The S&P/Case-Shiller CoreLogic February Housing Report released on Tuesday, April 28.
While the country continues to look forward and assess the economic damage due to sustained COVID-19 lockdowns, we know for certainty the health of housing prices before shutdowns began.
S&P/Case-Shiller and CoreLogic released their survey of February Home Prices, and there was quite a surge in buyer demand. Let’s break down the results.
South and West dominate February Housing data
Regions in the South and West United States continued their hot streak from January 2020.
Phoenix led the nation at 7.5% home price growth, followed by Seattle at 6.0%.
As the data continues to be compiled for March, it will be interesting to see if South and West housing data takes a sizable hit or if the prices remain favorable to sellers in the regions.
No COVID-19 impact on February Housing Report
The CoreLogic housing report reveals no impact on sale prices due to COVID-19.
Much of the country closed down beginning in March, which will be reflected in the data set.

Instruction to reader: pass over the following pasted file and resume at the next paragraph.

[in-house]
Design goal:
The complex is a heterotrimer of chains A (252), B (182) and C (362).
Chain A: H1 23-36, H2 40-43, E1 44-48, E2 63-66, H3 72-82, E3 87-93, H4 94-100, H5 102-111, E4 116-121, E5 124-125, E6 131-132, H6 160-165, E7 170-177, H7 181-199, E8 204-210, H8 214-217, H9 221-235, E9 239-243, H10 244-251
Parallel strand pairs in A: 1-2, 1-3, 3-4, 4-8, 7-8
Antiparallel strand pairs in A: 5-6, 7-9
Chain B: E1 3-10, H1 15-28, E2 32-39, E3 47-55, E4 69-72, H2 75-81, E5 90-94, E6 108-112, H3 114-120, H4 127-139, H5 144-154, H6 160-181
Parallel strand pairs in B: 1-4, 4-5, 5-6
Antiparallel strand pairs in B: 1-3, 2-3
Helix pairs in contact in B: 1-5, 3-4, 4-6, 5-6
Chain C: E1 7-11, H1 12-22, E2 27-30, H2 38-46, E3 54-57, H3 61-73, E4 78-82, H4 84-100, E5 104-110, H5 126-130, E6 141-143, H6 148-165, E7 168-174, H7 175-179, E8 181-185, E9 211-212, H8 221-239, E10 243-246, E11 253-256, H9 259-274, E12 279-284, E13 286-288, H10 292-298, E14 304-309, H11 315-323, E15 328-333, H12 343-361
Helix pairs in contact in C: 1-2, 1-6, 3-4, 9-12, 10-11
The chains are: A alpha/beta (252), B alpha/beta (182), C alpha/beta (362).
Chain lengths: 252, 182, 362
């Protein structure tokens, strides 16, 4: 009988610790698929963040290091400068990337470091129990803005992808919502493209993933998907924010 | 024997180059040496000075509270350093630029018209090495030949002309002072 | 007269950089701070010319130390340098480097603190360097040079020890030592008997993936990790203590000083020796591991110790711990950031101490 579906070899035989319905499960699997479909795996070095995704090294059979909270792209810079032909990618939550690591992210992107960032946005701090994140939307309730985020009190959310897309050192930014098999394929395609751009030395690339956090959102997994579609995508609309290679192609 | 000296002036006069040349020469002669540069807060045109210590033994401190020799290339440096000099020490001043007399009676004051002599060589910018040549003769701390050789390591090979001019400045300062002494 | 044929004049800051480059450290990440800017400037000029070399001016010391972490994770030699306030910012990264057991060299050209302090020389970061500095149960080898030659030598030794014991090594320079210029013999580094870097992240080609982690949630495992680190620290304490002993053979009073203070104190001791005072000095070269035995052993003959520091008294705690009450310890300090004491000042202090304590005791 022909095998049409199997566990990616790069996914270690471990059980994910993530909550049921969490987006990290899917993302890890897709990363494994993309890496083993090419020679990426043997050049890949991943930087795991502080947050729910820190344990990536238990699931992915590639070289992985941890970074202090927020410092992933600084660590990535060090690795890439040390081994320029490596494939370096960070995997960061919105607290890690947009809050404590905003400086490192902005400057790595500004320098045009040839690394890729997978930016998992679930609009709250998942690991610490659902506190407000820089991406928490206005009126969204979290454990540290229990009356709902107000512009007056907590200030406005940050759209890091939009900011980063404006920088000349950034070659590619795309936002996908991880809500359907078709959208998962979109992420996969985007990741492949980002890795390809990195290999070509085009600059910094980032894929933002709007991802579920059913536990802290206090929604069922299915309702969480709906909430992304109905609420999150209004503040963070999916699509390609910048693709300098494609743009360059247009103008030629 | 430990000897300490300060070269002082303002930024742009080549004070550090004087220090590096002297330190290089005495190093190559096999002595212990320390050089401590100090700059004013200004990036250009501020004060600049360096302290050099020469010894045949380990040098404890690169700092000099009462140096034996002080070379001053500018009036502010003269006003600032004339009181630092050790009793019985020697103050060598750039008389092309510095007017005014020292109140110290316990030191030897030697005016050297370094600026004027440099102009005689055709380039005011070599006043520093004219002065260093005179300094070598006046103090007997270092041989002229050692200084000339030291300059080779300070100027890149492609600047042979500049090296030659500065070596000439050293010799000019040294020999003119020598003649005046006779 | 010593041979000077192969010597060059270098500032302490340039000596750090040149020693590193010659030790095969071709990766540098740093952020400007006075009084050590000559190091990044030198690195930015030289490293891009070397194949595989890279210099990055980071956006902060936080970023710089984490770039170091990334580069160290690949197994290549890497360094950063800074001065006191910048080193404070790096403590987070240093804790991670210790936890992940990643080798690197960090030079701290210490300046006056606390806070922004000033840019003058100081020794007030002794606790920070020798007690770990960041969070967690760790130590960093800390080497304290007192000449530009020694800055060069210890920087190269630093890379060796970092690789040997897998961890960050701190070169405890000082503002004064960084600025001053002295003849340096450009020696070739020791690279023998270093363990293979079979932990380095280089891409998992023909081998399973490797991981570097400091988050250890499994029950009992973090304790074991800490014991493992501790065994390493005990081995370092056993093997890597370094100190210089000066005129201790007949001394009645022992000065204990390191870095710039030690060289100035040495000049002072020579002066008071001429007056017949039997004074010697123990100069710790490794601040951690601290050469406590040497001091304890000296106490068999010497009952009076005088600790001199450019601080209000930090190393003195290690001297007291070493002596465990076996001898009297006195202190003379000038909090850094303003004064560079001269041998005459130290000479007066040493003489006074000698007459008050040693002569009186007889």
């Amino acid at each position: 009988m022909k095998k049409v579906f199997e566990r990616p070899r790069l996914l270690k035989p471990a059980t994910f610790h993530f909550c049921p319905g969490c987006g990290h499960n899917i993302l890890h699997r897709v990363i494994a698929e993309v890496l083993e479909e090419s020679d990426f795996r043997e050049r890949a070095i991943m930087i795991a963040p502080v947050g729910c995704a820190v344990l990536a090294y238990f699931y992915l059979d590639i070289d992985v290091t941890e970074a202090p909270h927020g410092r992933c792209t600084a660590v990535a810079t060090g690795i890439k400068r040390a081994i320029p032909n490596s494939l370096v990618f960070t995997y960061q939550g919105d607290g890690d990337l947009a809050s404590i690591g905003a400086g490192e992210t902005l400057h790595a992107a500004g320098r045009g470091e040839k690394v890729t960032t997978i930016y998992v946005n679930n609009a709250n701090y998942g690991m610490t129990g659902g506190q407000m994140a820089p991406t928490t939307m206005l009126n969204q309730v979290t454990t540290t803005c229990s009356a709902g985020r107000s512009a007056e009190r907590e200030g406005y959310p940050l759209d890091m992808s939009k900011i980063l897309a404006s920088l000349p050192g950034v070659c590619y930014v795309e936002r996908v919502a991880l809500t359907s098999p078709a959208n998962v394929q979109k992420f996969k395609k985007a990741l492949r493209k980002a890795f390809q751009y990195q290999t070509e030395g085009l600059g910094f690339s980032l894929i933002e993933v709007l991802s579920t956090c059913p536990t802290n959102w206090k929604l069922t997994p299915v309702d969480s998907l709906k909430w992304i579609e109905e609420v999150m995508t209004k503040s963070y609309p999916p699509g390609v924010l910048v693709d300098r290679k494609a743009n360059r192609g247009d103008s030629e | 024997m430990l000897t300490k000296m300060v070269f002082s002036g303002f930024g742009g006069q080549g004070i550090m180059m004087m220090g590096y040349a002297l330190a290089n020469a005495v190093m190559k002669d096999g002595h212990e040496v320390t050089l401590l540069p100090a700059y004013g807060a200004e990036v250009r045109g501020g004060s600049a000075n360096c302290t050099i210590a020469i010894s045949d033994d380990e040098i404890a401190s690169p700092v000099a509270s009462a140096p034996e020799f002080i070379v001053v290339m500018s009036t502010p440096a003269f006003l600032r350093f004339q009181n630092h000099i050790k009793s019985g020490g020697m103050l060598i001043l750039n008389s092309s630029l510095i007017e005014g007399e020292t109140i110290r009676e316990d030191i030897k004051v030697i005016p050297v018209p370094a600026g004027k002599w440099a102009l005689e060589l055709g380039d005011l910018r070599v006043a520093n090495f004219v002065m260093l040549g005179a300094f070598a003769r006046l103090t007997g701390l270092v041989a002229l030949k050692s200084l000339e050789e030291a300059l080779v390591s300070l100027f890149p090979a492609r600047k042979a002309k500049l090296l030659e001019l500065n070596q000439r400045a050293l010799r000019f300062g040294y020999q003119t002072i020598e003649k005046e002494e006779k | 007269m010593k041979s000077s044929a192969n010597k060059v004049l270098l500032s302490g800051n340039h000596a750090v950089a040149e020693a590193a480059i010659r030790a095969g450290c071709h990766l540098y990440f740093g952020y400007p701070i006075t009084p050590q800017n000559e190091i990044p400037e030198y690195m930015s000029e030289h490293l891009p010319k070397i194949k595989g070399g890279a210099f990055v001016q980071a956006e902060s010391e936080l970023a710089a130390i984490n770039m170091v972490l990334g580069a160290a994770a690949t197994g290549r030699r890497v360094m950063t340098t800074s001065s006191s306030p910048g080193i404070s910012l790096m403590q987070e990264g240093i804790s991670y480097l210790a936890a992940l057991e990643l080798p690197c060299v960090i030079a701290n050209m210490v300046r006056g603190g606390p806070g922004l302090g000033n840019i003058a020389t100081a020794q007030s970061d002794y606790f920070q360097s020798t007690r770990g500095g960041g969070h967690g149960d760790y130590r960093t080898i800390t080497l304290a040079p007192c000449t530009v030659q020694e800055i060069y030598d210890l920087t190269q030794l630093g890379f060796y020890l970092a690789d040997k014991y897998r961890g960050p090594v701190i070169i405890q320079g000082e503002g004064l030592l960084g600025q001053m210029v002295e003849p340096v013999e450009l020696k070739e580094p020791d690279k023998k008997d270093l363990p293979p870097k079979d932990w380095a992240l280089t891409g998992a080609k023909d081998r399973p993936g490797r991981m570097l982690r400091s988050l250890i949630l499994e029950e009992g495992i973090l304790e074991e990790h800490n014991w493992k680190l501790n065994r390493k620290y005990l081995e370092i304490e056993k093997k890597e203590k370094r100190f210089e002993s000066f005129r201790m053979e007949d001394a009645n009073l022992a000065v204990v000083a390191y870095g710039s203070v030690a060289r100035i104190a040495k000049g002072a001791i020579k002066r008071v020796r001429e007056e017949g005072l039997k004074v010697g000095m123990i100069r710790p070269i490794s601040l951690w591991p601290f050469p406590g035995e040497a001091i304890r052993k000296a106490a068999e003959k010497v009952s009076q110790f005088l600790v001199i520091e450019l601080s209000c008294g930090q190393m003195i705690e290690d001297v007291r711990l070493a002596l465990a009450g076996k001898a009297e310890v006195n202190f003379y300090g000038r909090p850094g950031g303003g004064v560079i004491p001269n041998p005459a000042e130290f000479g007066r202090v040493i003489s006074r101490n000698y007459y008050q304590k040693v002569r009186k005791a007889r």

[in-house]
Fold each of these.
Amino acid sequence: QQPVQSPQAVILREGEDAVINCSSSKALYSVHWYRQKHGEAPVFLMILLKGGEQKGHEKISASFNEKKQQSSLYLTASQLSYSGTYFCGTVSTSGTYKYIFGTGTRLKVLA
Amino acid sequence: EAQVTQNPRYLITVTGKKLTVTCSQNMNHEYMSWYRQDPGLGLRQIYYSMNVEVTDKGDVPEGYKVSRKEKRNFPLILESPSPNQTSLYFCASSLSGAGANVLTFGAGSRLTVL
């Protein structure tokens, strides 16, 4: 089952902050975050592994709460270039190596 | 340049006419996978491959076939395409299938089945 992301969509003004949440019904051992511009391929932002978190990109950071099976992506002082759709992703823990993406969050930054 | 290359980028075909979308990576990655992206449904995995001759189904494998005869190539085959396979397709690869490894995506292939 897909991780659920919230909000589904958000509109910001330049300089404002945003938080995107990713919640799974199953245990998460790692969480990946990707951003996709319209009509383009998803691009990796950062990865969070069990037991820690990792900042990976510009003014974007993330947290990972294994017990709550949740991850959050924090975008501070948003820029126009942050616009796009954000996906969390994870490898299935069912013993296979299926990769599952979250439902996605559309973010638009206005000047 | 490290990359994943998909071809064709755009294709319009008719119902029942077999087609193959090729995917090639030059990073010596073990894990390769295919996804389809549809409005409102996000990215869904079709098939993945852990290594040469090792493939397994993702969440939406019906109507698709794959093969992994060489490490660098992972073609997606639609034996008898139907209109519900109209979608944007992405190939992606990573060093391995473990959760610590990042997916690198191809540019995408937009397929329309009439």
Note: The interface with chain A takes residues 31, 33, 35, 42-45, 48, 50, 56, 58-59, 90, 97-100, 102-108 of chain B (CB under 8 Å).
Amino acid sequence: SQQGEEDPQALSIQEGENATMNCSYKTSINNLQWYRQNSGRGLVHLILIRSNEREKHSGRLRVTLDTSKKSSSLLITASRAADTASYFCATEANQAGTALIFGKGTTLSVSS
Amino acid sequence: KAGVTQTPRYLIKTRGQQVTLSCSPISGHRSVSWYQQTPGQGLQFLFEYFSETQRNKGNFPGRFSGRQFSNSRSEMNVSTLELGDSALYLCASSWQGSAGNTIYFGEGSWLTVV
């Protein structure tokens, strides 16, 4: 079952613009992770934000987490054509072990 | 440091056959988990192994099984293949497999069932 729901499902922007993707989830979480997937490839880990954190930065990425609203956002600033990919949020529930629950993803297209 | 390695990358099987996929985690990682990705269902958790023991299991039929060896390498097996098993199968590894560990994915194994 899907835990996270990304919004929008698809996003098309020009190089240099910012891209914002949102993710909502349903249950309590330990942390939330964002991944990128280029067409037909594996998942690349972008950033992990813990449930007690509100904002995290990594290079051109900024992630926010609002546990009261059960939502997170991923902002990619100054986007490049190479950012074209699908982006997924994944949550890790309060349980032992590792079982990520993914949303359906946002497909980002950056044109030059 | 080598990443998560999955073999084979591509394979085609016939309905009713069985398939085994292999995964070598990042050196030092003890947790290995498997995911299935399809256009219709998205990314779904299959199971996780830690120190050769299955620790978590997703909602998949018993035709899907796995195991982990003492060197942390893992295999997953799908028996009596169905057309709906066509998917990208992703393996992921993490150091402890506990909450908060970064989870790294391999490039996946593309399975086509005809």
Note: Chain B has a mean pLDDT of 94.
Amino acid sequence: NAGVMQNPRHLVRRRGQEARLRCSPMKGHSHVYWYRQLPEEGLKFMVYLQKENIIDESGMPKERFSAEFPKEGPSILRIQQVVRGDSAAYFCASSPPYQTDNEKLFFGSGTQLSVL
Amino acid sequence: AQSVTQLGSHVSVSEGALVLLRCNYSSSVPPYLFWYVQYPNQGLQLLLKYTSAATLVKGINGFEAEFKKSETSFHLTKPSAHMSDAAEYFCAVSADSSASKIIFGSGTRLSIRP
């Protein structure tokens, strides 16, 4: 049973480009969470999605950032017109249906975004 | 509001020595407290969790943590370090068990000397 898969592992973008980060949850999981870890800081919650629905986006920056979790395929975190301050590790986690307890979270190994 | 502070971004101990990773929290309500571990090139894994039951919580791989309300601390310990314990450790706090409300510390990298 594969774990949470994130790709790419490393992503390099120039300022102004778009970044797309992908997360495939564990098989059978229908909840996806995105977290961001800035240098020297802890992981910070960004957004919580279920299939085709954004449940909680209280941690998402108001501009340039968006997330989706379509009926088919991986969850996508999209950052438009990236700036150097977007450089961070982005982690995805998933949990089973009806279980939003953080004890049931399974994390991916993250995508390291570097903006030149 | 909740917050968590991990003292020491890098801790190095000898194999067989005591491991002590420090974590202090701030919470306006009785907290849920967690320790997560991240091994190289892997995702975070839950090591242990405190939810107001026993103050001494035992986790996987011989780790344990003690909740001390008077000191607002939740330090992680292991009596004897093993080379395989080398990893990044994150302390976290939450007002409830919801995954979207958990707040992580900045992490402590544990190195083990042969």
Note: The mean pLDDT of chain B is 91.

With an expected release of March’s data sometime in May, we will not know the extent of COVID-19 impact on March Housing Data for a while.
Continued Home Sales growth since the early 2000’s
The Case-Shiller CoreLogic report aims to accurately represent the value of single-family home sales across the United States.
Baseline metrics measure growth on a scale. Typical measurements include 10-city and 20-city surveys to get a composite average.
Based on the February Housing Report information, home prices in the United States measured at a 150 on the scale, with a 100 score applied in January 2000.
The composite average means nationwide home sales have appreciated approximately 50 percent in the last 20 years. Great news for existing home owners as well as future buyers looking at the long-term value prospects of a property. Of course, there are other variables to consider with a home including neighborhood values, crime rate, city proximity, transit times, and more.